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How the NHL Has Turned the Stanley Cup Finals Into a Must-Watch Entertainment Experience

”We’re doing it fast and furious but that’s the pace of hockey,“ Steve Mayer, the league’s chief content officer and executive VP of events and entertainment, tells TheWrap

If you happened to be walking past the Fountains at the Bellagio Hotel in Las Vegas on Thursday afternoon, you’ll have spotted an unusual sight even for Sin City — rockers Panic! at the Disco playing live on a floating stage in the middle of the water.

The surprise show was the latest performance during the 2018 Stanley Cup Finals that have been worthy of a top music festival lineup like Coachella or Lollapalooza.

Add in the glitz of Vegas-style opening shows, Grammy-winning national anthem singers and celebrity announcers Michael Buffer and Pat Sajak — it’s become clear that not all the action during the NHL championship series happens on the ice, and that doesn’t factor in the end-to-end between the Washington Capitals and the Vegas Golden Knights.

“Making each of these events into a social experience has been our goal — to bring people together for the good of hockey while having fun,” Steve Mayer, chief content officer and executive vice president of events and entertainment at the NHL, told TheWrap.

“What we’re finding is that artists, musicians and celebrities love the sport and just want to be around it, so the reaction has just been fantastic,” added Mayer, who joined the league in 2015 after spending 20 years at IMG Productions.

Las Vegas-natives Panic! at the Disco became the latest Grammy-winners to give a special performance to fans before Thursday’s Game 5 of the Stanley Cup Finals. The anticipation was so high for the hometown band that the location of the pop-up event was kept a secret up until the last minute, with details being released on the NHL’s social media pages, which is similar to Luke Bryan’s performance in Nashville last year.

Panic! followed Lil Jon, Sting, Shaggy and Fall Out Boy as major artists who put on free open-air shows in Vegas and D.C. before prior games.

“I just pinch myself because we’ve gotten so lucky with the artists as are so many other things going on at this time of year with festivals and tours,” Mayer said, “but we’ve managed to find performers who are as excited about this as we are and want to play.”

Unlike a Super Bowl halftime show that can be planned months or even years in advance, Mayer and his team had to act on the fly as the scheduling of the best-of-seven series is so last minute by nature. “We’re doing it fast and furious but that’s the pace of hockey,” he said.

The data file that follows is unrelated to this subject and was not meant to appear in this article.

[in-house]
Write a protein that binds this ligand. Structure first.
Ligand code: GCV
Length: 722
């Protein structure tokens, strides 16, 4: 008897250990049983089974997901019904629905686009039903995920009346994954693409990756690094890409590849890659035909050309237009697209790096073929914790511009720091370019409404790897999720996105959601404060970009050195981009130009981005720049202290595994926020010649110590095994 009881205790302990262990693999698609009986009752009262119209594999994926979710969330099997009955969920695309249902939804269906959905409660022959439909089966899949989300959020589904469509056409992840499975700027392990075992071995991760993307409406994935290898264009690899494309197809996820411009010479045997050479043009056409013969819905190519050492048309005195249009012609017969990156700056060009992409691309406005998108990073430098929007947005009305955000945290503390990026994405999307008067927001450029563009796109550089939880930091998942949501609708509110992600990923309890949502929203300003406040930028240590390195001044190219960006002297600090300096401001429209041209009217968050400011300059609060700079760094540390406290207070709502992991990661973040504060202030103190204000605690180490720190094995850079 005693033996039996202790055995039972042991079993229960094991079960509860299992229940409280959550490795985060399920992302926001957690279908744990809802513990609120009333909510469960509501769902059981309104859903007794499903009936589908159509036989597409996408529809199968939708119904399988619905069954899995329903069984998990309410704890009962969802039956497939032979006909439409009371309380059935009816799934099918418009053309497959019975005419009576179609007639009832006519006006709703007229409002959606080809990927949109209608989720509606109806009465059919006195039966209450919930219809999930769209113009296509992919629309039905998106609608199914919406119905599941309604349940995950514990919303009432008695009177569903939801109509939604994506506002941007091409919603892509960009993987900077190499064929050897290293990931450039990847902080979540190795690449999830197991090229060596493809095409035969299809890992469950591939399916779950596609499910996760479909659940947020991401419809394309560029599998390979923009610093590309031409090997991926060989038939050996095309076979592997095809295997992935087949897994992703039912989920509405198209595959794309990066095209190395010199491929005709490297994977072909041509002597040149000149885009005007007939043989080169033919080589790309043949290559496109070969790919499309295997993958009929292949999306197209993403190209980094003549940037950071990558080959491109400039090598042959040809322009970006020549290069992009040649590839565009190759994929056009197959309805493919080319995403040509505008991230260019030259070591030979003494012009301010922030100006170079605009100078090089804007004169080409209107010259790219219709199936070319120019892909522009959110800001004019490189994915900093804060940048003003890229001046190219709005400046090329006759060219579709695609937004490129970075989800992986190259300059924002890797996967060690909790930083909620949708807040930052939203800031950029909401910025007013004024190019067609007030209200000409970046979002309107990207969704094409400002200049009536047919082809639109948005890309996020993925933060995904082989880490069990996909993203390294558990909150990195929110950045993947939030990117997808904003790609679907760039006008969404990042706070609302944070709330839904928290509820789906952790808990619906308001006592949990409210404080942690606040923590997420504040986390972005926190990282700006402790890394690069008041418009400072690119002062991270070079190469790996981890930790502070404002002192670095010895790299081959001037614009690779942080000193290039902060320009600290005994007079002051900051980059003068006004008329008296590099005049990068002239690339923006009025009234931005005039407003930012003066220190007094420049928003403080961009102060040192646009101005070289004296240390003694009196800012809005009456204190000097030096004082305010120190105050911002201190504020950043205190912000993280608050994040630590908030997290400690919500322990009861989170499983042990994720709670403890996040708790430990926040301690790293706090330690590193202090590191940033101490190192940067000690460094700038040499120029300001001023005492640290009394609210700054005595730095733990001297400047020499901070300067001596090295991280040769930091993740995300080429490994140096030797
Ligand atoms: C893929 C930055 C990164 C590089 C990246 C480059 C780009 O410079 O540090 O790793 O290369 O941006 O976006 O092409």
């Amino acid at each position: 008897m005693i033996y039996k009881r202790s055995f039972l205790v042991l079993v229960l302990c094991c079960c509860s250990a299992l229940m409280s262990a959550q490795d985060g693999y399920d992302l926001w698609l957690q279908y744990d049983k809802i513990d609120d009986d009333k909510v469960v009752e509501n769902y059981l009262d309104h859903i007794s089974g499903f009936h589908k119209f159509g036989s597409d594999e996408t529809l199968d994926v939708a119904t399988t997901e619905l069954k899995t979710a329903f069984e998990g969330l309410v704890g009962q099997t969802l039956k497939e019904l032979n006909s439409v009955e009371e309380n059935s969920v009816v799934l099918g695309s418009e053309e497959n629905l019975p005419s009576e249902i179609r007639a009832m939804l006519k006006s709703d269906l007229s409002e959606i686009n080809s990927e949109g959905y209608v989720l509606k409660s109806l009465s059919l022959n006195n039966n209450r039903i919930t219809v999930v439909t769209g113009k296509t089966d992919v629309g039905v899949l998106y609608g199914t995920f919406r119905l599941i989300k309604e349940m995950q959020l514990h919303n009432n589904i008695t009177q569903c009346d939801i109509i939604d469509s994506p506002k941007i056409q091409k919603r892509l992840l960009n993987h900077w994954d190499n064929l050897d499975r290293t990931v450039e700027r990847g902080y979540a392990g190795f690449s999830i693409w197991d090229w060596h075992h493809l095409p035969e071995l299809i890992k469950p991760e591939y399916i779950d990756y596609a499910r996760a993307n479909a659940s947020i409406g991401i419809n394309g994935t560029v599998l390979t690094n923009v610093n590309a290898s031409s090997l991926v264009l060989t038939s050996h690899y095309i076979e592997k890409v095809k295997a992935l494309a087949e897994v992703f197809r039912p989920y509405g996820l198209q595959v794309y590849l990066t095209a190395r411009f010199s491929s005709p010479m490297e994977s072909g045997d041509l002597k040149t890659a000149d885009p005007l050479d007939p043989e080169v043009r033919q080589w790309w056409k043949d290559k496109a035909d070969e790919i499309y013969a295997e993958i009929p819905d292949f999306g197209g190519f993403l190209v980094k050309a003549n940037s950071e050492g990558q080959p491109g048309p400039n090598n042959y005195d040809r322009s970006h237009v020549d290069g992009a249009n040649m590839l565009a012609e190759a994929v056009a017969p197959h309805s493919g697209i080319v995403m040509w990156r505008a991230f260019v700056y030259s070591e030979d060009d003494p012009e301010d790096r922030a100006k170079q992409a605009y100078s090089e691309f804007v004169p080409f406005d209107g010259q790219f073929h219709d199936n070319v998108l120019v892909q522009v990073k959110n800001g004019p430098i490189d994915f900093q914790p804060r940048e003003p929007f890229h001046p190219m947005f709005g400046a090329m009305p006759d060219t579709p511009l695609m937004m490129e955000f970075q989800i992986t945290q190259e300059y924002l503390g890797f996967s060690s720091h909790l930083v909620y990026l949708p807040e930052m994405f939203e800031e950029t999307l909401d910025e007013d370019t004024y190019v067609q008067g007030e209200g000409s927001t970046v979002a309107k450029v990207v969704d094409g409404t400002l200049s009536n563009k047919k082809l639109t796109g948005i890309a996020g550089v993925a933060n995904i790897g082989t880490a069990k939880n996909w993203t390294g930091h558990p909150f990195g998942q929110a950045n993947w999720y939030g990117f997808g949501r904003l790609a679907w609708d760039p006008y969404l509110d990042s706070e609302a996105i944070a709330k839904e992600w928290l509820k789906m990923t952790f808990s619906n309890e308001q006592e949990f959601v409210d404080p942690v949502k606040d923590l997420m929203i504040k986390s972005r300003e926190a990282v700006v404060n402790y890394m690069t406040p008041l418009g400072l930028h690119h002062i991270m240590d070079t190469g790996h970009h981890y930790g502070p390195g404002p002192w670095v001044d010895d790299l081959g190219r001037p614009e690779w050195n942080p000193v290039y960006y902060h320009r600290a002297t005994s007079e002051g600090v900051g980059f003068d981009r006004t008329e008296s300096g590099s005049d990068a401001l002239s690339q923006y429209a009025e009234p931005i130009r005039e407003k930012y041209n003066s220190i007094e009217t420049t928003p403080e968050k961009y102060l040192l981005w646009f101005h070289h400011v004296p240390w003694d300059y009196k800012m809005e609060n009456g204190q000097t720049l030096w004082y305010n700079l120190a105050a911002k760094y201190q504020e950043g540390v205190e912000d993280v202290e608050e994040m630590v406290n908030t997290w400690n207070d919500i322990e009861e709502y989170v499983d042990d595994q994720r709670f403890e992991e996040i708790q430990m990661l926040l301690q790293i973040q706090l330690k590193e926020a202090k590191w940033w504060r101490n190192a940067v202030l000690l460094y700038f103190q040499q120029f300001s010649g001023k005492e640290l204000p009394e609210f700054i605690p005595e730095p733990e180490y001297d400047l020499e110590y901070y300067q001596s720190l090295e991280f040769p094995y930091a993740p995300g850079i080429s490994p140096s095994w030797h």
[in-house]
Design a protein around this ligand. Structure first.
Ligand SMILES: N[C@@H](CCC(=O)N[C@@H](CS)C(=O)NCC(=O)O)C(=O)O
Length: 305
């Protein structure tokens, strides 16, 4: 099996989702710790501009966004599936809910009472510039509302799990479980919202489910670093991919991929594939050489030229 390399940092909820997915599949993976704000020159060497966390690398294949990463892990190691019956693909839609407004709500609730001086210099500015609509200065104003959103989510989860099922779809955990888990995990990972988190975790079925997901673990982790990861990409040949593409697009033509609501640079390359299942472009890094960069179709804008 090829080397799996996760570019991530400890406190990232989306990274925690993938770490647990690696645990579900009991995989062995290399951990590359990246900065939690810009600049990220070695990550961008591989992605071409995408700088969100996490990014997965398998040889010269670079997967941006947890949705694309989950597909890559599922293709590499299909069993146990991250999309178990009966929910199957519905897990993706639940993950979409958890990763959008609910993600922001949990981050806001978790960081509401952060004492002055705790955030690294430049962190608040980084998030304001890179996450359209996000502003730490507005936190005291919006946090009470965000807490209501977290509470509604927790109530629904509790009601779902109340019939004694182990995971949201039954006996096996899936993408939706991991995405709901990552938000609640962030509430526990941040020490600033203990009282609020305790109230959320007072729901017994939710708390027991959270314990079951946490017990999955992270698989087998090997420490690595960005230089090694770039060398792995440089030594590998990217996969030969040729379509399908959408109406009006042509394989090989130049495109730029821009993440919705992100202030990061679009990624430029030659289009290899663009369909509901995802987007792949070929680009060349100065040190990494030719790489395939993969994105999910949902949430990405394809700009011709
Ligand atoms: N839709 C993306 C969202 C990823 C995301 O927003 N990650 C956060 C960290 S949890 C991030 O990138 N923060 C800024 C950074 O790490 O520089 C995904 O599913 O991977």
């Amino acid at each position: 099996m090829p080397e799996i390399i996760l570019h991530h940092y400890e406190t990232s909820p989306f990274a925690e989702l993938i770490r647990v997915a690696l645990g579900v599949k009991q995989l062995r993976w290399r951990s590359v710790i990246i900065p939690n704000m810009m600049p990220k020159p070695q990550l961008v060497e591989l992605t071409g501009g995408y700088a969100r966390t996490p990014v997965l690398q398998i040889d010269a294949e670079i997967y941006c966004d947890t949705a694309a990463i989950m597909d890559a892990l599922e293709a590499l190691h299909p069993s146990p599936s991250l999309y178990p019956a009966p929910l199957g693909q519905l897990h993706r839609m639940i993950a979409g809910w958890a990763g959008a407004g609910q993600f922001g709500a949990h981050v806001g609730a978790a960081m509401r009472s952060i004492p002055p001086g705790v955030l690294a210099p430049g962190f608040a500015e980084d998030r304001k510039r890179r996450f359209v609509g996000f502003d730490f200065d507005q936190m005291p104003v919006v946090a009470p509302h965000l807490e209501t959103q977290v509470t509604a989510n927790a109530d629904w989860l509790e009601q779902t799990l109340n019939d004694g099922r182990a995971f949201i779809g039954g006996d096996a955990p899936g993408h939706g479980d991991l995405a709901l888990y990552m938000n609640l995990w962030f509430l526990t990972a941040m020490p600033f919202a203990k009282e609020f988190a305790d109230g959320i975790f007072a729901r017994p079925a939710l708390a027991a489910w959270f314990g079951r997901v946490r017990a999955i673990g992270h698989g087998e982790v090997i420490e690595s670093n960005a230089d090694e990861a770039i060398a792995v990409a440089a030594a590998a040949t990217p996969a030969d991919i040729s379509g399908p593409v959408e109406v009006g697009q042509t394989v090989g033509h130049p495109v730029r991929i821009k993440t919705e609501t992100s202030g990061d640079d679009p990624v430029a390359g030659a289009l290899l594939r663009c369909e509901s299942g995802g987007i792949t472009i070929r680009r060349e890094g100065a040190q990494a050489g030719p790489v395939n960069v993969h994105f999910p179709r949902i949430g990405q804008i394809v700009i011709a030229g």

2018 NHL Stanley Cup Final - Game Four


All of the entertainment for the Finals has been planned since May 24, which was the day after the Capitals defeated the Tampa Bay Lightning in Game 7 of the Eastern Conference Finals. “That was when I first started making phone calls and putting this together, as before that we didn’t know when, where or what teams,” Mayer explained. “Not being able to know where you’re going and when has been the challenge but has also been the best part. We’ve just haven’t stopped and have been able to come up with creative locations to do these events.

“I have no idea how we’ve done it! It’s no question that it has been a challenge, but we’ve had cooperation at every level from the league and both teams internally. Then you have the cities themselves opening up their arms. Not only financially but with personnel, we could never do what we did in Washington without the help of the police, the fire department and the mayor,” he said, referring to Fall Out Boy performing on the steps of the Smithsonian’s National Portrait Gallery in D.C. on Monday.

“There are plenty of people who don’t have tickets but we’re giving them the opportunity to enjoy the Stanley Cup Finals even if they’re not inside the arena,” Mayer said. “That to me is the most important accomplishment.”

Vegas Golden Knights Drummers


Meanwhile, inside the arenas, ticket-buyers have been rewarded with spectacular entertainment such as sword-wielding fights, neon drummers and Cirque du Soleil acrobats before the Golden Knights home games.

“From the NHL standpoint, we’re challenging our teams to be bigger, grander, better and raise the level of what they’ve been doing all season for the Finals,” Mayer said, such as having Michael Buffer and Pat Sajak announce games, or adding trumpets and choirs to the national anthem performances. “It is trying to amplify everything and raise the bar.”

As for having an expansion team in the Finals for the first time in history, the unexpected success of the Golden Knights hasn’t hurt momentum for the 2018 Stanley Cup race either.

“The phenomena of Vegas certainly doesn’t hurt, that is a story that will last a lifetime — whether they win or lose — they’ve had an incredible journey to get here and it’s wonderful to see the whole community behind them,” Mayer said. “Then to have them play Washington, a team who has never won with one of the greatest players [Alex Ovechkin] who has never won … this is storybook stuff,” he said.

Tune in for the next exciting episode of the Stanley Cup Finals on NBC Thursday at 5 p.m. PT for Game 5 from the T-Mobile Arena.